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Guyana Seeks to Expand Aquaculture

14 March 2013

GUYANA - The Ministry of Agriculture is seeking to develop the necessary framework for Guyana to tap into the growing trade in aquaculture products by putting regulations in place to meet the export standards, and getting farmers on-board.

Minister of Agriculture Dr Leslie Ramsammy met with farmers involved in aqua-farming at the Guyana School of Agriculture (GSA) to listen to recommendations for moving forward the industry and developing instead a “high yielding aquaculture industry in Guyana that can enter the Caribbean, North America and European market," reports Caribbean News Now.

“Clearly we have the potential for a very successful fishing industry, we have the potential for fishing to become more significant in the agriculture production of our country, and in contributing to overall development and the overall GDP of Guyana, but for one reason or another our development has not been as rapid as we would have preferred,” he said.

Dr Ramsammy explained that the leading producers of aquaculture are now using a lot of their own products internally, but if production is increased Guyana can seek to get a foot hold in the export market.

Regulatory framework

In working to ensuring Guyana adheres to international guidelines for export of aquaculture products, the Ministry of Agriculture is to put a number of regulatory measures in place, Dr Ramsammy said.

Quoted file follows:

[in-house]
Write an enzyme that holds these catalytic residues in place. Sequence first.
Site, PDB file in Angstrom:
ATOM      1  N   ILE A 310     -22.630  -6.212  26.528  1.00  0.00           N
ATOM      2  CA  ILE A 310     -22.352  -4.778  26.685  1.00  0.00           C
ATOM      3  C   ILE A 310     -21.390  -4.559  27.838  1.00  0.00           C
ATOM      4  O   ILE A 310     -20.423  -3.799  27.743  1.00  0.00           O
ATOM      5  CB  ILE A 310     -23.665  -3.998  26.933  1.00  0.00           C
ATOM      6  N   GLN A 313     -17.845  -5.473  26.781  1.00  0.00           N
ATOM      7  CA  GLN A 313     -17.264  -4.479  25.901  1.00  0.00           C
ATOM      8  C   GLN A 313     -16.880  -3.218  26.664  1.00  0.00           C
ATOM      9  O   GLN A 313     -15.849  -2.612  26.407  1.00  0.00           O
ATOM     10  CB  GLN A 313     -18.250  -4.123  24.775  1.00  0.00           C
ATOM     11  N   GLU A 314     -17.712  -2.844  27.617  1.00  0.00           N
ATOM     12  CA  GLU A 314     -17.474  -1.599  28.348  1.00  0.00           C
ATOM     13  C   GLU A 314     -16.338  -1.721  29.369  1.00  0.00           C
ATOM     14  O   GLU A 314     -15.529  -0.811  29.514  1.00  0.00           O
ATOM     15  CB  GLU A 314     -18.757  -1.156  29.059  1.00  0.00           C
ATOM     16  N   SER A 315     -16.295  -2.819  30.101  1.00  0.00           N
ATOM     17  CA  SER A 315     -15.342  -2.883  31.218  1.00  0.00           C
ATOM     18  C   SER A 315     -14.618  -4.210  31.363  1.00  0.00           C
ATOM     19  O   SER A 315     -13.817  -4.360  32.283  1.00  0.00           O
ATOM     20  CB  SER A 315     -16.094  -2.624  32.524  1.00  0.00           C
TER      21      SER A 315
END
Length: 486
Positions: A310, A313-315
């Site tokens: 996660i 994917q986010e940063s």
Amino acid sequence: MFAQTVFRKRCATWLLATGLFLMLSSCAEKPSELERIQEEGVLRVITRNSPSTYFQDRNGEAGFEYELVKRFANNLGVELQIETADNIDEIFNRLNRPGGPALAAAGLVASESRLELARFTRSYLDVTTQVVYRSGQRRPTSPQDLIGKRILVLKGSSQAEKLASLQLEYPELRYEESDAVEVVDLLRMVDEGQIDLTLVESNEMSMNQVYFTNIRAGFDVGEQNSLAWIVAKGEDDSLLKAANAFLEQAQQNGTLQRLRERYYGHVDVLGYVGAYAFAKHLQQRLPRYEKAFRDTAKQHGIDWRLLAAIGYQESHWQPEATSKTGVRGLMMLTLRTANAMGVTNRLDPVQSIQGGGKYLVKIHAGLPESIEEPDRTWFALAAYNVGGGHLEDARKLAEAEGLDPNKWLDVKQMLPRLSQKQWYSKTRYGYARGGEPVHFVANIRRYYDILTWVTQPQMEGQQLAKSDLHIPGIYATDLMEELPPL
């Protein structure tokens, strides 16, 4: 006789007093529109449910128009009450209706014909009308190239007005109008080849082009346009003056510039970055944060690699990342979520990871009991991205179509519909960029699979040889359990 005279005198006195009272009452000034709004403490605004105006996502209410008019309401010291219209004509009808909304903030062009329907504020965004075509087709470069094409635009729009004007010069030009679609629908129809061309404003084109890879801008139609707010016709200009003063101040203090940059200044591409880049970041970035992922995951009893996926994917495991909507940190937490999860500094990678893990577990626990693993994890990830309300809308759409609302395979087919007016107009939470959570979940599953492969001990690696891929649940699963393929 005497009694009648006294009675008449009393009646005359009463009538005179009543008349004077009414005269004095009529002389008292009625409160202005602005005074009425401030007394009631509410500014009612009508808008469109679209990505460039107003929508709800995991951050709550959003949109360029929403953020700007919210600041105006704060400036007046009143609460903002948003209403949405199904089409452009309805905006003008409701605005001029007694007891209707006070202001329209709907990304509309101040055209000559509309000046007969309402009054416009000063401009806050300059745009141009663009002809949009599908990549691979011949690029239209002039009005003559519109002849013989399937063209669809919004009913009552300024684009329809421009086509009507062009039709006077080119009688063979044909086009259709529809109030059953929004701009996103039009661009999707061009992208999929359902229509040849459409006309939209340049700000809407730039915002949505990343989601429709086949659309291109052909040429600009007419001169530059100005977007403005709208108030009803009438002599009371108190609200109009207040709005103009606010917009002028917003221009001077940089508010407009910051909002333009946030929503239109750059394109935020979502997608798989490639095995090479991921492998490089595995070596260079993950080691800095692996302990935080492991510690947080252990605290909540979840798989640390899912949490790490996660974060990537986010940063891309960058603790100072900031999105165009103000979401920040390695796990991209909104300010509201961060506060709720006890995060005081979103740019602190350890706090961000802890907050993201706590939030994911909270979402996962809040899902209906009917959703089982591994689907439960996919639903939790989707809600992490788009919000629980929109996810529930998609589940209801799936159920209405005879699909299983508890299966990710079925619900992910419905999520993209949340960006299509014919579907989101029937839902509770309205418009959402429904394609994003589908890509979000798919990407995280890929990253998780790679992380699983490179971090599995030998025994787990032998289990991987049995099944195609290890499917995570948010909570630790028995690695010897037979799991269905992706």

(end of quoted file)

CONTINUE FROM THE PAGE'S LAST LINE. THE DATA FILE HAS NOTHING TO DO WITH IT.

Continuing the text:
“We are about to approve the national policy for inland fishing and aquaculture and at present we are finalising the fishery product regulation; the marine fishing regulation and the aquaculture regulation.

“Unless we develop and produce our product, within this regulatory framework, we will not have an export market period, and indeed if new food regulation of the US, which is also being mimicked in Canada, and Europe will see further non-tariff barrier to our trade.

"We can complain that they are unfair, or we can do the only thing we can which is to meet those standards, because I can guarantee you it will not change the regulation in North America and Europe,” Dr Ramsammy added.

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